Published on December 31st, 2014 | by Gerry Galipault


The Year in Review: Let’s Just Shake It Off

If 2014 could be summed up in one simple phrase, it would be: Shake it off. There’s always next year.

Other than the “Frozen” soundtrack, we didn’t have a platinum-selling album all year until Taylor Swift’s total pop pleasure “1989” was released in late October. The haters can hate all they want, but she’s the new Queen of Pop.

Technically, U2’s “Songs of Innocence” was the biggest album release of all-time, but that’s only because it was added automatically to the music libraries of 500 million iTunes customers in September. Bono later apologized, saying “I had this beautiful idea and we got carried away with ourselves.”

The past year was “All About That Bass,” Iggy Azalea, a battle of booties, ice-bucket challenges, Robin Thicke’s quick fall from grace and “Weird Al” Yankovic’s mandatory fun in July (releasing parody music videos for eight straight days). Garth Brooks put out his first album in 13 years; Daft Punk cleaned up at the Grammys, and Pink Floyd said farewell with “The Endless River.”

It was an odd year, but don’t worry, be happy, like Pharrell Williams — at least we had the music.

Now on to the countdown of the Top 10 albums … not the best albums, just personal favorites. If you don’t agree, I’ll just shake it off:

(Listed alphabetically by artist name.)

“Morning Phase,” Beck — His 12th album was a companion piece to 2002’s “Sea Change,” full of beautiful melancholy and soaring harmonies.

“Love, Marriage & Divorce,” Toni Braxton & Babyface — One of the greatest R&B pairings in recent memory, these two created a lush ode to the ups and downs of a relationship. When Braxton coos “I love you but I hate you, don’t want but I want to” in “Roller Coaster,” you believe it.

“Sucker,” Charli XCX — They call this hip-pop. Her second album is chockful of glossy electropop and myriad influences, from ABBA to Weezer (heck, Rivers Cuomo even produces the track “Hanging Around”).

“Black Messiah,” D’Angelo and The Vanguard — He unleashed this pleasant surprise in mid-December, his first album since 2000’s “Voodoo.” The politically and socially charged lyrics and mindful beats could be the soundtrack to the nation’s uneasy racial atmosphere.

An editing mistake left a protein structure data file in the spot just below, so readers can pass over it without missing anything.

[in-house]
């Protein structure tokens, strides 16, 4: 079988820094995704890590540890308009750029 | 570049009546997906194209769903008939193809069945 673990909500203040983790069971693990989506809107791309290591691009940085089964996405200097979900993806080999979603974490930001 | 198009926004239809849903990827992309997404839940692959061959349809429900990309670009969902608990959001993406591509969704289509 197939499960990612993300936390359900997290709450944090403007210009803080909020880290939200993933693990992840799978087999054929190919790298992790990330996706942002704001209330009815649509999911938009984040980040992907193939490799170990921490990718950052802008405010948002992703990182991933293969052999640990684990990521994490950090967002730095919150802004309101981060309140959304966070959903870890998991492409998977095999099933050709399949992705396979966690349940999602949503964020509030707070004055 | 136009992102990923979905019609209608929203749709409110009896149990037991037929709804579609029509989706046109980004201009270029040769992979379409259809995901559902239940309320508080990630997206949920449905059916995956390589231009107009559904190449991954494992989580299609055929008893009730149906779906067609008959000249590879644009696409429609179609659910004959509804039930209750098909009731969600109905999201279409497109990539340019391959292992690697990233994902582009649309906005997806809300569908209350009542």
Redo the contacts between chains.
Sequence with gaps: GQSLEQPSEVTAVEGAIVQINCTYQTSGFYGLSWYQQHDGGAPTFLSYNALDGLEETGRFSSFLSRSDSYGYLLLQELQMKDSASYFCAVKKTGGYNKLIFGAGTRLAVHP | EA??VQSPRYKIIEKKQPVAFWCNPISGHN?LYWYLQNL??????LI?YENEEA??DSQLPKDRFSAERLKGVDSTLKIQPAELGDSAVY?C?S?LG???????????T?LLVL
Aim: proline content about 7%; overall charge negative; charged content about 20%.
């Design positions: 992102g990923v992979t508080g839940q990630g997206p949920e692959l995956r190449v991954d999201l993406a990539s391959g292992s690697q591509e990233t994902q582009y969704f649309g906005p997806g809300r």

“Emma Jean,” Lee Fields & The Expressions — There’s retro soul and then there’s the real deal: this 63-year-old singer from North Carolina, whose voice only gets better with age. Listen to “Magnolia,” the best song you never heard all year.

“Platinum,” Miranda Lambert — Swift dumped country, so now Lambert pretty much has Nashville all to herself. She has plenty of girl power, ballads and gumption to go around.

“Supernova,” Ray LaMontagne — Black Keys member and producer Dan Auerbach’s psychedelic touch is all over LaMontagne’s fifth album. It has a genuine ‘60s vibe, with slices of folk.

“Atlas,” Real Estate — The Brooklyn-based indie rockers have landed on many year-end critics’ list for a reason. There’s something sublime about their third album.

“1000 Forms of Fear,” Sia — The 39-year-old Australian has done it all over a long career: trip-hop, jazz, pop, songwriting. But “Chandelier” turned her into a true star, and with longtime collaborator Greg Kurstin, she has created an essential album.

“In the Lonely Hour,” Sam Smith — Iggy and Ariana Grande dominated the airwaves with their debut albums and duets, but look who’s about to win the Grammy for Best New Artist? This pouty singer from Britain.

“1989,” Taylor Swift — Goodbye Nashville, hello NYC. Swift completed her transformation from country cutie to pop diva and wielded her power along the way, taking her music off Spotify. Shake it off, indeed.


“Run the Jewels 2,” Run the Jewels
“My Everything,” Ariana Grande
“LP1,” FKA twigs
“They Want My Soul,” Spoon
“Hypnotic Eye,” Tom Petty & The Heartbreakers
“The Outsiders,” Eric Church
“The Voyager,” Jenny Lewis
“Sonic Highways,” Foo Fighters
“Ultraviolence,” Lana Del Rey
“Turn Blue,” The Black Keys
“St. Vincent,” St. Vincent
“Aquarius,” Tinashe


Cue up these great tunes:

“Gimme Something Good,” Ryan Adams
“Blue Moon,” Beck
“Waking Light,” Beck
“Roller Coaster,” Toni Braxton & Babyface
“Boom Clap,” Charli XCX
“Shades of Cool,” Lana Del Rey
“Cool Kids,” Echosmith
“Magnolia,” Lee Fields & The Expressions
“My Silver Lining,” First Aid Kit
“Two Weeks,” FKA twigs
“Seasons (Waiting On You),” Future Islands
“Love Never Felt So Good,” Michael Jackson
“Lavender,” Ray LaMontagne
“She’s Not Me,” Jenny Lewis
“Sweetlove Butterfly,” Ian Roberts
“Do It Again,” Röyksopp & Robyn
“Big Girls Cry,” Sia
“Chandelier,” Sia
“I’m Not the Only One,” Sam Smith
“Stay With Me,” Sam Smith
“Blank Space,” Taylor Swift
“Shake It Off,” Taylor Swift
“All About That Bass,” Meghan Trainor
“Word Crimes,” “Weird Al” Yankovic

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About the Author

Gerry Galipault debuted Pause & Play online in October 1997. Since then, it has become the definitive place for CD-release dates — with a worldwide audience.

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